The development of the different processors is not something that is done overnight, while one is starting to be sold, the next is about to be mass-manufactured and the one from two generations on with its design already finished. This is why the Zen 5 rumors shouldn’t surprise us.
AMD to adopt big.LITTLE in Zen 5
At least that is what the rumors that have come out about the fifth generation Zen say, and that is AMD Zen 5 will use big LITTLE execution and therefore they will follow the same path that the ARM cores years ago and that Intel started the Lakefield, but that will massively standardize in Alder Lake.
The big LITTLE execution that the AMD Zen 5 is supposed to adopt is based on using two different types of cores for the CPU, fully compatible when executing the binary code but designed with two different performance metrics. Some are more focused on performance regardless of consumption, others would be more focused on consumption but at lower performance.
The composition of each CCD will continue to be 8 cores, with the corresponding IPC improvements and optimizations that AMD makes in the next two generations, but with each 8-core CCD each accompanied by 4 additional cores of less complexity. TAll manufactured in TSMC’s 3nm process, which at the moment has not been used for the manufacture of any mass processor, not even in PostPC devices.
We already had clues about it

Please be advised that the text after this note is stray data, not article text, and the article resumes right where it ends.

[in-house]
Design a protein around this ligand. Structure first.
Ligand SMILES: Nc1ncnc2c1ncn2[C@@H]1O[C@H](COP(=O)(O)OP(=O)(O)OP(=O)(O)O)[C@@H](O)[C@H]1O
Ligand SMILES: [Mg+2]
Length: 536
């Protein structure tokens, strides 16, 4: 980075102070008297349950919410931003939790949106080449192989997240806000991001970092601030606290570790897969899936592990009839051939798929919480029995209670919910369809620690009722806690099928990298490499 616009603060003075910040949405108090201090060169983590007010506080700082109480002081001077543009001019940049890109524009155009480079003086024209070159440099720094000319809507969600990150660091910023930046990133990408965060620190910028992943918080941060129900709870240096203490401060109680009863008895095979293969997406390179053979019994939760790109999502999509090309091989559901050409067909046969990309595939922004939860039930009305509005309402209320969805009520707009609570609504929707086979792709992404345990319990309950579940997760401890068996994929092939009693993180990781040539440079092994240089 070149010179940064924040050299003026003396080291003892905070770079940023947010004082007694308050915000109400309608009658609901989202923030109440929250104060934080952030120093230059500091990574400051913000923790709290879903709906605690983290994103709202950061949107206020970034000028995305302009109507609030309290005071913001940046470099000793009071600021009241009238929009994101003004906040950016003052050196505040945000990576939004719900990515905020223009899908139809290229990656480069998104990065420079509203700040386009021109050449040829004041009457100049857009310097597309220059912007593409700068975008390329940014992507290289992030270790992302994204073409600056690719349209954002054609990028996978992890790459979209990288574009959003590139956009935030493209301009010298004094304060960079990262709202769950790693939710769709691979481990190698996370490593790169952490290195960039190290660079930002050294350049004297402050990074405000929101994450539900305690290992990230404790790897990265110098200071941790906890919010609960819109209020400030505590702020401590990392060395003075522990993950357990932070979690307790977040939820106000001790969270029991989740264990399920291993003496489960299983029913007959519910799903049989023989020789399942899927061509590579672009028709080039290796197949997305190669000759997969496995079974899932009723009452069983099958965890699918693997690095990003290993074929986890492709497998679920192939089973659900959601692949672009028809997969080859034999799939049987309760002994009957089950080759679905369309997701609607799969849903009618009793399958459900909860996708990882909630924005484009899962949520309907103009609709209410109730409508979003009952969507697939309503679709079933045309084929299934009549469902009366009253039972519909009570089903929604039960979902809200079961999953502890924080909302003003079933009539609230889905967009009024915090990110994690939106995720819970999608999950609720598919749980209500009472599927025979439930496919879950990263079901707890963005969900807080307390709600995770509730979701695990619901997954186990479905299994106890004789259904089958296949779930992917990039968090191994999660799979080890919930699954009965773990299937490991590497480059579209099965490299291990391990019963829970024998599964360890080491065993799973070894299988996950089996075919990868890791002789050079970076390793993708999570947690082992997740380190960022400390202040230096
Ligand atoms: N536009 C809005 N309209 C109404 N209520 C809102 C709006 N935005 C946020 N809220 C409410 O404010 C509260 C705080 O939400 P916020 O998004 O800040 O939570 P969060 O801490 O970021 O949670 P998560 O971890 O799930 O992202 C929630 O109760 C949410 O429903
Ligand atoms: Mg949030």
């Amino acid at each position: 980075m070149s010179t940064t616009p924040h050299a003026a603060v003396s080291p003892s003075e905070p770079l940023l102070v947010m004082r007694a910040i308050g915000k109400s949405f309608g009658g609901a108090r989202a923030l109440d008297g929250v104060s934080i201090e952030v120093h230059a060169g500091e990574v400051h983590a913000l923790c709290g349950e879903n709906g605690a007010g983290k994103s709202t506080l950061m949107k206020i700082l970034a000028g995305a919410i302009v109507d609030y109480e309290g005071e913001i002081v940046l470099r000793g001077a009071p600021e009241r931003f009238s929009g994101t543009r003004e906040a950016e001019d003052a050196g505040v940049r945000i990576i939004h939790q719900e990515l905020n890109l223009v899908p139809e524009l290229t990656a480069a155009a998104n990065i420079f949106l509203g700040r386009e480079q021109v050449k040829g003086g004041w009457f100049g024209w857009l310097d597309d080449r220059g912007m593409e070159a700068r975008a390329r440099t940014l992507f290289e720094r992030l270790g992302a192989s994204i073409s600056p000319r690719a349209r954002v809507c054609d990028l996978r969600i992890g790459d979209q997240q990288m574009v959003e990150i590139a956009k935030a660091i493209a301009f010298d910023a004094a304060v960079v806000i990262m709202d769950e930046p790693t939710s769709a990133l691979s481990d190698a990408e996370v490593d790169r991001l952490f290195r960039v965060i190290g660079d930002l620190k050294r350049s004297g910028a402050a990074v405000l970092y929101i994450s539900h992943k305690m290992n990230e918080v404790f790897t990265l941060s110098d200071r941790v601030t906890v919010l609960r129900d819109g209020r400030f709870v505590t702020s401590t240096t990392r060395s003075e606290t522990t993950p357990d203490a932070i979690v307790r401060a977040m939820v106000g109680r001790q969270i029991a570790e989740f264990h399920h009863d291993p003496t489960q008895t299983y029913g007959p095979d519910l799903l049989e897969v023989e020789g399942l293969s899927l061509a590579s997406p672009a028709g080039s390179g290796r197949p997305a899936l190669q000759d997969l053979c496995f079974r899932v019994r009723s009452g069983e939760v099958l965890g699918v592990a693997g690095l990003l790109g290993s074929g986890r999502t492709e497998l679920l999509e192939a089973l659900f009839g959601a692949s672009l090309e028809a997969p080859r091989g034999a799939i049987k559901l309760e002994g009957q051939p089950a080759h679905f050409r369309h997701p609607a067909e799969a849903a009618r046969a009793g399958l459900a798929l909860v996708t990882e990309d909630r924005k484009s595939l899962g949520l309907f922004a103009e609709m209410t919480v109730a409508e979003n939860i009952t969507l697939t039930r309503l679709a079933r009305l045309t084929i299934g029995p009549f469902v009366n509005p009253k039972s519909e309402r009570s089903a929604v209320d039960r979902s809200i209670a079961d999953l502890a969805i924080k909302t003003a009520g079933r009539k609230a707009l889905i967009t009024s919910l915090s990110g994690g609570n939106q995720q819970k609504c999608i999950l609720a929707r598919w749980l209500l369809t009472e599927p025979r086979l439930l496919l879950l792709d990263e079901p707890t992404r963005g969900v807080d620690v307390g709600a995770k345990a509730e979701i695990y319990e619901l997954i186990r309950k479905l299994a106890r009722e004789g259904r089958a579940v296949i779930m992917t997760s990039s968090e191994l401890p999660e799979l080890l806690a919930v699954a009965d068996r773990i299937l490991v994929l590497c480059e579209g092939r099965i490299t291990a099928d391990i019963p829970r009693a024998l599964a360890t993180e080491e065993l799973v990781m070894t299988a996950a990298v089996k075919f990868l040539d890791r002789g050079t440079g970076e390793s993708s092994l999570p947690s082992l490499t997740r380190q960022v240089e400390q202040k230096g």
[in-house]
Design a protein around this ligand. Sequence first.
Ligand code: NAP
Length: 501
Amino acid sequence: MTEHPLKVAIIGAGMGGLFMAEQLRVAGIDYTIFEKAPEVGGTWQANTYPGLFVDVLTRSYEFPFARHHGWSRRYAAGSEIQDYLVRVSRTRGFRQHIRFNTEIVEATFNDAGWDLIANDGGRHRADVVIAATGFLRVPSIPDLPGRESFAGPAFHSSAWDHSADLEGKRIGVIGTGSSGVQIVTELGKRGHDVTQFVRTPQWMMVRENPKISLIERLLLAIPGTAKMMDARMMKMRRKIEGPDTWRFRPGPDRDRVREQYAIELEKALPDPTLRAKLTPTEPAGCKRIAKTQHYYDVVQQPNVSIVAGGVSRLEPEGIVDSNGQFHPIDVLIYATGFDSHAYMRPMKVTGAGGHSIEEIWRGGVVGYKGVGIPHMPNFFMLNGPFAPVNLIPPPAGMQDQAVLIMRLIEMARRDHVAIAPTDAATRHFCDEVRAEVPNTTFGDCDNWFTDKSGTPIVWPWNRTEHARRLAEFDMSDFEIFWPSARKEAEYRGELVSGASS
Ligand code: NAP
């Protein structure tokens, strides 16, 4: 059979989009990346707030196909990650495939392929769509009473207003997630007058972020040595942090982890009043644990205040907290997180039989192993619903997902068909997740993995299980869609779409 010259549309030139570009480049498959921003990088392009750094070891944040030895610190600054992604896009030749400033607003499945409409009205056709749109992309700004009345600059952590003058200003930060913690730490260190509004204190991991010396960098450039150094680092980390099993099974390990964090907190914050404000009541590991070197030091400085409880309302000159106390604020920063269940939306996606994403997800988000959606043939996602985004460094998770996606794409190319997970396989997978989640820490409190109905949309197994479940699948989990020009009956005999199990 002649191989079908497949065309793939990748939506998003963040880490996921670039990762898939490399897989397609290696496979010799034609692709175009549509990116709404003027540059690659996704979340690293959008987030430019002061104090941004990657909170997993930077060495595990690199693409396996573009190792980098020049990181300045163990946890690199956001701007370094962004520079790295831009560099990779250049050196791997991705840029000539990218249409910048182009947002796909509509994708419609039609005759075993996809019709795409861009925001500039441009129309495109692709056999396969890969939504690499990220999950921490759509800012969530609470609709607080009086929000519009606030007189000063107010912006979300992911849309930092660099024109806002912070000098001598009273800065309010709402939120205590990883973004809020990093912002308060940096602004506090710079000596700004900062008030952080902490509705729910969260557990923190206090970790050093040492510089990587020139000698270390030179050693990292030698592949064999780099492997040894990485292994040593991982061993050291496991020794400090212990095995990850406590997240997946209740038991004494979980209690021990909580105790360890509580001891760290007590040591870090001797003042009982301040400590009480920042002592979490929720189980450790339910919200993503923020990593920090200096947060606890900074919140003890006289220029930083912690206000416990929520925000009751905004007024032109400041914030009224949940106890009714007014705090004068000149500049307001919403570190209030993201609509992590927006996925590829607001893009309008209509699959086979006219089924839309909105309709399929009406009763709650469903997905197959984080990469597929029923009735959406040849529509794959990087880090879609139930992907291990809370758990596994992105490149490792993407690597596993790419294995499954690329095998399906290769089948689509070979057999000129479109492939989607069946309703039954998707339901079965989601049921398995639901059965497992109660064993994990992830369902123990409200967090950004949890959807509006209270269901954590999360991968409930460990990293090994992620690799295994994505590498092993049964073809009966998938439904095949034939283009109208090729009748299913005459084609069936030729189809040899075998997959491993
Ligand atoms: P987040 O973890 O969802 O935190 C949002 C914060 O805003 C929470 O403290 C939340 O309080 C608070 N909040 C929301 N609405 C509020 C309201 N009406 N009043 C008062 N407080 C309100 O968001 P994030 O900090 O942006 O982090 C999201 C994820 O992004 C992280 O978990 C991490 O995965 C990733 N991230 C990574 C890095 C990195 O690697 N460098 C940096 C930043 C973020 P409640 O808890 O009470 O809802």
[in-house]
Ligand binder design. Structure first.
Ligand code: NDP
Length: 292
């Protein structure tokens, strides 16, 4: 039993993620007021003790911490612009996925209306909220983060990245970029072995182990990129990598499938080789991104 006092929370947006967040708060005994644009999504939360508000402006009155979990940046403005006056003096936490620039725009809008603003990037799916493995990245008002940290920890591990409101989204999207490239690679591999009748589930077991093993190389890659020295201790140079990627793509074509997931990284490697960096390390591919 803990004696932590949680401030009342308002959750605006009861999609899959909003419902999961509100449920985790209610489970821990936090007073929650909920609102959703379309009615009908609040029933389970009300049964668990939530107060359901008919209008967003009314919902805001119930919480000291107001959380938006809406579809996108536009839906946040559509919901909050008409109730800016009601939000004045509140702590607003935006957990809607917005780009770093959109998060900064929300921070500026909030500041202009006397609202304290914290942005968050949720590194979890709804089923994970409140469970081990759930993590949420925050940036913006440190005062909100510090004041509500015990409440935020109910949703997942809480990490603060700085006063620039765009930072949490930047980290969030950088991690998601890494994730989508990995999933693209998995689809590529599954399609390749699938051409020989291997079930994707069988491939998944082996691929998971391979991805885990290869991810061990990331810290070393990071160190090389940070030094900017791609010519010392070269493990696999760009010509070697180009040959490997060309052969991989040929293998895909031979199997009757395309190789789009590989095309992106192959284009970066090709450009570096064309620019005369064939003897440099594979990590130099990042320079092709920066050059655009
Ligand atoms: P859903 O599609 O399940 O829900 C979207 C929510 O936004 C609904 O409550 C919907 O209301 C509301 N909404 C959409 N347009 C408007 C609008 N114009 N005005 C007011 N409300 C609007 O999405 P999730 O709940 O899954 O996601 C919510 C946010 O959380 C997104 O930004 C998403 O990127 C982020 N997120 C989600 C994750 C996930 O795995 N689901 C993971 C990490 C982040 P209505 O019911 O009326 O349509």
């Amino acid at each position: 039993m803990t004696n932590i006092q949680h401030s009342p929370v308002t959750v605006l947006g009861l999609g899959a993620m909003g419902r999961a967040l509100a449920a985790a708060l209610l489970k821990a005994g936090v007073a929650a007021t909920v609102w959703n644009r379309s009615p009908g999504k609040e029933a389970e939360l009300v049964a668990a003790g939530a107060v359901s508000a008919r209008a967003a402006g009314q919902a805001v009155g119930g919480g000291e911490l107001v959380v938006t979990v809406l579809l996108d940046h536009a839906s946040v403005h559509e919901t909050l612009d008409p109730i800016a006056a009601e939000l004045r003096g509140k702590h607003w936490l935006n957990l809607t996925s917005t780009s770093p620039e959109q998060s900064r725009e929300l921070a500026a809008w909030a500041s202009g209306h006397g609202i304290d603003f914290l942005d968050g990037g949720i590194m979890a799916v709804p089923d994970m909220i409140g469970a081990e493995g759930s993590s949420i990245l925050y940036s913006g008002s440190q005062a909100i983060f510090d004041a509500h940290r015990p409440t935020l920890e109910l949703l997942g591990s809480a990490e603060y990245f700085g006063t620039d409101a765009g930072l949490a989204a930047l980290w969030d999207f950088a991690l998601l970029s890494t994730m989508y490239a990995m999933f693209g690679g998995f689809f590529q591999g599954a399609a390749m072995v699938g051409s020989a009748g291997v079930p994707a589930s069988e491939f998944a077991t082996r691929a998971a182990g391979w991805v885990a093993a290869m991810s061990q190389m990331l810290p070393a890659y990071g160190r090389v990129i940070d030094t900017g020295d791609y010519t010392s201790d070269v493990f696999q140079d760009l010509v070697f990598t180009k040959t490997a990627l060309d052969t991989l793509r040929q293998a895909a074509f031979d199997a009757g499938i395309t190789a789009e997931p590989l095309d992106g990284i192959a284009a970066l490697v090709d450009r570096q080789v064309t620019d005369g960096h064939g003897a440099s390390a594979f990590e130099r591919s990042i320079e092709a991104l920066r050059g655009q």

Specifically, an AMD patent that was published last year, which talks about a configuration of big LITTLE cores like the one that is rumored for the AMD Zen 5. The difference? It would not be a question of cores in different clusters, but they would share access to the L1 cache, which is the most private of the processors.
So the operation of the big LITTLE in Zen 5 could therefore be different from the ARM cores and even the Intel version and therefore the rumors about the AMD Zen 5 have been completely misinterpreted.
Return to the monolithic model in Zen 5?
Another of the information that has been said is that the AMD Zen 5 will be APUs, which would partly mean that AMD in the face of Zen 5 will abandon the configuration in chiplets that I adopt in Zen 2 and that everything indicates that we will see in Zen 4 It’s too early to tell, but one of the weaknesses of AMD’s Zen architectures is latency due to the physical distance between the chiplet and the IOD. What’s more, AMD gives the Zen 2 and Zen 3-based SoCs less L3 cache to give their chiplet-based desktop CPUs a bit of an advantage.
The other possibility is that it is still based on chiplets, but that the IOD integrates an integrated GPU and its coprocessors, video codecs, display adapters, apart from the Northbridge and the Southbridge of the CPU. It is an idea that should not be discarded and it would be totally feasible to do so.
In any case, the only thing we can say is that it is still too early to talk specifically about Zen 5. More so when Zen 4 has not yet been presented and there is no commercial chip that uses this node in its manufacture.